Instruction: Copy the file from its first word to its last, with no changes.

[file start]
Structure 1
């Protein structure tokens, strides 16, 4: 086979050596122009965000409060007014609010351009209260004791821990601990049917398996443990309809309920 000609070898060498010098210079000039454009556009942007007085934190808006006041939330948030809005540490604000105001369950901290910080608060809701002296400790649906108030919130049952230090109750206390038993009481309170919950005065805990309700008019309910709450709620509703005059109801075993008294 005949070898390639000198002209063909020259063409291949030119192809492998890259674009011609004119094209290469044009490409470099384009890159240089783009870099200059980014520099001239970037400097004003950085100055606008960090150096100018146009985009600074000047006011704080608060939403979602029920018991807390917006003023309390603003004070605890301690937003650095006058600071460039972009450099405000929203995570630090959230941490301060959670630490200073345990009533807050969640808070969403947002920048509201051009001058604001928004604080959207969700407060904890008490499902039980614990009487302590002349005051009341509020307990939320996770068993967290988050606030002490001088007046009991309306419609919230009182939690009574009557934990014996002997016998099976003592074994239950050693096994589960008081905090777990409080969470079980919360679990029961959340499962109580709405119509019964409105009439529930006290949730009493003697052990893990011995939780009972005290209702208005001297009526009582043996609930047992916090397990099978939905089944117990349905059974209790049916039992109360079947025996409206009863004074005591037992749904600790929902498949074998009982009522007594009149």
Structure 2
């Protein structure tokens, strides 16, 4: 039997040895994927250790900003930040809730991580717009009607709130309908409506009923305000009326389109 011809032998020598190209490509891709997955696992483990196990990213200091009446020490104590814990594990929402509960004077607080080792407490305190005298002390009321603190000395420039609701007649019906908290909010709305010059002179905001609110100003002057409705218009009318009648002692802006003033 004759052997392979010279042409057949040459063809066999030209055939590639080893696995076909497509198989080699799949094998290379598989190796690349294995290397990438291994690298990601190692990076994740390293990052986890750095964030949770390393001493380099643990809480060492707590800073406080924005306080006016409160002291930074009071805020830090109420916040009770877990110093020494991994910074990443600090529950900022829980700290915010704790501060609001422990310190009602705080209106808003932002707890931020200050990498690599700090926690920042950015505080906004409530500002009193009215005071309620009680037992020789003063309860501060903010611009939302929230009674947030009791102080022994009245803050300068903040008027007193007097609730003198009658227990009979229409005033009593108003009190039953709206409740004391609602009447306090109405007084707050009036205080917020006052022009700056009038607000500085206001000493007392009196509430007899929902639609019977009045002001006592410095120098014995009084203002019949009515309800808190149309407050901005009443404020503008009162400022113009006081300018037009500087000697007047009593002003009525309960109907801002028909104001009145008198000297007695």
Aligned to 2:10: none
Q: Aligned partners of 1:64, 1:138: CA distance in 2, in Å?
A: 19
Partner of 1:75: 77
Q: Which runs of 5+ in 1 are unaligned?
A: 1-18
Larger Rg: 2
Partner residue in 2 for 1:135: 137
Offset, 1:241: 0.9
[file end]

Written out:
Structure 1
């Protein structure tokens, strides 16, 4: 086979050596122009965000409060007014609010351009209260004791821990601990049917398996443990309809309920 000609070898060498010098210079000039454009556009942007007085934190808006006041939330948030809005540490604000105001369950901290910080608060809701002296400790649906108030919130049952230090109750206390038993009481309170919950005065805990309700008019309910709450709620509703005059109801075993008294 005949070898390639000198002209063909020259063409291949030119192809492998890259674009011609004119094209290469044009490409470099384009890159240089783009870099200059980014520099001239970037400097004003950085100055606008960090150096100018146009985009600074000047006011704080608060939403979602029920018991807390917006003023309390603003004070605890301690937003650095006058600071460039972009450099405000929203995570630090959230941490301060959670630490200073345990009533807050969640808070969403947002920048509201051009001058604001928004604080959207969700407060904890008490499902039980614990009487302590002349005051009341509020307990939320996770068993967290988050606030002490001088007046009991309306419609919230009182939690009574009557934990014996002997016998099976003592074994239950050693096994589960008081905090777990409080969470079980919360679990029961959340499962109580709405119509019964409105009439529930006290949730009493003697052990893990011995939780009972005290209702208005001297009526009582043996609930047992916090397990099978939905089944117990349905059974209790049916039992109360079947025996409206009863004074005591037992749904600790929902498949074998009982009522007594009149």
Structure 2
């Protein structure tokens, strides 16, 4: 039997040895994927250790900003930040809730991580717009009607709130309908409506009923305000009326389109 011809032998020598190209490509891709997955696992483990196990990213200091009446020490104590814990594990929402509960004077607080080792407490305190005298002390009321603190000395420039609701007649019906908290909010709305010059002179905001609110100003002057409705218009009318009648002692802006003033 004759052997392979010279042409057949040459063809066999030209055939590639080893696995076909497509198989080699799949094998290379598989190796690349294995290397990438291994690298990601190692990076994740390293990052986890750095964030949770390393001493380099643990809480060492707590800073406080924005306080006016409160002291930074009071805020830090109420916040009770877990110093020494991994910074990443600090529950900022829980700290915010704790501060609001422990310190009602705080209106808003932002707890931020200050990498690599700090926690920042950015505080906004409530500002009193009215005071309620009680037992020789003063309860501060903010611009939302929230009674947030009791102080022994009245803050300068903040008027007193007097609730003198009658227990009979229409005033009593108003009190039953709206409740004391609602009447306090109405007084707050009036205080917020006052022009700056009038607000500085206001000493007392009196509430007899929902639609019977009045002001006592410095120098014995009084203002019949009515309800808190149309407050901005009443404020503008009162400022113009006081300018037009500087000697007047009593002003009525309960109907801002028909104001009145008198000297007695």
Aligned to 2:10: none
Q: Aligned partners of 1:64, 1:138: CA distance in 2, in Å?
A: 19
Partner of 1:75: 77
Q: Which runs of 5+ in 1 are unaligned?
A: 1-18
Larger Rg: 2
Partner residue in 2 for 1:135: 137
Offset, 1:241: 0.9